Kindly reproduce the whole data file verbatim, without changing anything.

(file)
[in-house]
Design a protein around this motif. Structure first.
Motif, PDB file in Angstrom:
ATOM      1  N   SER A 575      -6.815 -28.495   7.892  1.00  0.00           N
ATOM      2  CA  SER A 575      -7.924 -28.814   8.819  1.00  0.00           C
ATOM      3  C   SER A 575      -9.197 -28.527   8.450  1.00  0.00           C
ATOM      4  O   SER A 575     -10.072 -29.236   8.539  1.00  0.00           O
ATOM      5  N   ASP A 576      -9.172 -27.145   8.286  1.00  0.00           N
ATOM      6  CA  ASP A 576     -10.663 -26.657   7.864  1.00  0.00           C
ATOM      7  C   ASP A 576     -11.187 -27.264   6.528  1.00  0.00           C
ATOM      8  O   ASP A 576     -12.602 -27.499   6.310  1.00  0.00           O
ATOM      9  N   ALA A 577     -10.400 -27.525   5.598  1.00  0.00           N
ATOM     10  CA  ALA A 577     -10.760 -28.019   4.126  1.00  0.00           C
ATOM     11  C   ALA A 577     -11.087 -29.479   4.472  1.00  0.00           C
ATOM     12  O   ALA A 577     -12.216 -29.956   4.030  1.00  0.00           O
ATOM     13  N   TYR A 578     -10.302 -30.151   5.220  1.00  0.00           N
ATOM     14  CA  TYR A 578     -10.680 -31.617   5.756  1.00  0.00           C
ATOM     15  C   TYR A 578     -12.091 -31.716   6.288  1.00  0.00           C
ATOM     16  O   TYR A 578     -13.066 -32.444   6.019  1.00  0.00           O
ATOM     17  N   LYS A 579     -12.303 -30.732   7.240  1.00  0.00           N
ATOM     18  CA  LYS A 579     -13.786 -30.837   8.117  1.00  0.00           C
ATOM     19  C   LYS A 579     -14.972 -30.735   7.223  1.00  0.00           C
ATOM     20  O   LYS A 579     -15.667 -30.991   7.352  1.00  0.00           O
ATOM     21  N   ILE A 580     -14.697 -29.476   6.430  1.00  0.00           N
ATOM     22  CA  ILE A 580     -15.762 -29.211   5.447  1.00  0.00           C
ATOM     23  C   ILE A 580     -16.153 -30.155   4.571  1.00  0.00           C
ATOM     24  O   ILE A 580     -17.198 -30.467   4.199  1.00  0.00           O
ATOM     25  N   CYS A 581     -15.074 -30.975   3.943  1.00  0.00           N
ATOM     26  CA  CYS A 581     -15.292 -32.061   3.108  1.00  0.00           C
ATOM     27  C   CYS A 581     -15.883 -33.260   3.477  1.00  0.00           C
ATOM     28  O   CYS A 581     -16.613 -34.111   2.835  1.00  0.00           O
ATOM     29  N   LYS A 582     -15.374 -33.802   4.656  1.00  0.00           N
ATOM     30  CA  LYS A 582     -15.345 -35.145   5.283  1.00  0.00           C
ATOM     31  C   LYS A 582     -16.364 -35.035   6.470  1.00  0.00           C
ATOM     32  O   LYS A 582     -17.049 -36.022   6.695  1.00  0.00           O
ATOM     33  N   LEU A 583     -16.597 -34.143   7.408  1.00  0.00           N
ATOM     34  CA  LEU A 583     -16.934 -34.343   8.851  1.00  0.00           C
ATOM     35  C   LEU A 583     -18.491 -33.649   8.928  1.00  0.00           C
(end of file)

[in-house]
Design a protein around this motif. Structure first.
Motif, PDB file in Angstrom:
ATOM      1  N   SER A 575      -6.815 -28.495   7.892  1.00  0.00           N
ATOM      2  CA  SER A 575      -7.924 -28.814   8.819  1.00  0.00           C
ATOM      3  C   SER A 575      -9.197 -28.527   8.450  1.00  0.00           C
ATOM      4  O   SER A 575     -10.072 -29.236   8.539  1.00  0.00           O
ATOM      5  N   ASP A 576      -9.172 -27.145   8.286  1.00  0.00           N
ATOM      6  CA  ASP A 576     -10.663 -26.657   7.864  1.00  0.00           C
ATOM      7  C   ASP A 576     -11.187 -27.264   6.528  1.00  0.00           C
ATOM      8  O   ASP A 576     -12.602 -27.499   6.310  1.00  0.00           O
ATOM      9  N   ALA A 577     -10.400 -27.525   5.598  1.00  0.00           N
ATOM     10  CA  ALA A 577     -10.760 -28.019   4.126  1.00  0.00           C
ATOM     11  C   ALA A 577     -11.087 -29.479   4.472  1.00  0.00           C
ATOM     12  O   ALA A 577     -12.216 -29.956   4.030  1.00  0.00           O
ATOM     13  N   TYR A 578     -10.302 -30.151   5.220  1.00  0.00           N
ATOM     14  CA  TYR A 578     -10.680 -31.617   5.756  1.00  0.00           C
ATOM     15  C   TYR A 578     -12.091 -31.716   6.288  1.00  0.00           C
ATOM     16  O   TYR A 578     -13.066 -32.444   6.019  1.00  0.00           O
ATOM     17  N   LYS A 579     -12.303 -30.732   7.240  1.00  0.00           N
ATOM     18  CA  LYS A 579     -13.786 -30.837   8.117  1.00  0.00           C
ATOM     19  C   LYS A 579     -14.972 -30.735   7.223  1.00  0.00           C
ATOM     20  O   LYS A 579     -15.667 -30.991   7.352  1.00  0.00           O
ATOM     21  N   ILE A 580     -14.697 -29.476   6.430  1.00  0.00           N
ATOM     22  CA  ILE A 580     -15.762 -29.211   5.447  1.00  0.00           C
ATOM     23  C   ILE A 580     -16.153 -30.155   4.571  1.00  0.00           C
ATOM     24  O   ILE A 580     -17.198 -30.467   4.199  1.00  0.00           O
ATOM     25  N   CYS A 581     -15.074 -30.975   3.943  1.00  0.00           N
ATOM     26  CA  CYS A 581     -15.292 -32.061   3.108  1.00  0.00           C
ATOM     27  C   CYS A 581     -15.883 -33.260   3.477  1.00  0.00           C
ATOM     28  O   CYS A 581     -16.613 -34.111   2.835  1.00  0.00           O
ATOM     29  N   LYS A 582     -15.374 -33.802   4.656  1.00  0.00           N
ATOM     30  CA  LYS A 582     -15.345 -35.145   5.283  1.00  0.00           C
ATOM     31  C   LYS A 582     -16.364 -35.035   6.470  1.00  0.00           C
ATOM     32  O   LYS A 582     -17.049 -36.022   6.695  1.00  0.00           O
ATOM     33  N   LEU A 583     -16.597 -34.143   7.408  1.00  0.00           N
ATOM     34  CA  LEU A 583     -16.934 -34.343   8.851  1.00  0.00           C
ATOM     35  C   LEU A 583     -18.491 -33.649   8.928  1.00  0.00           C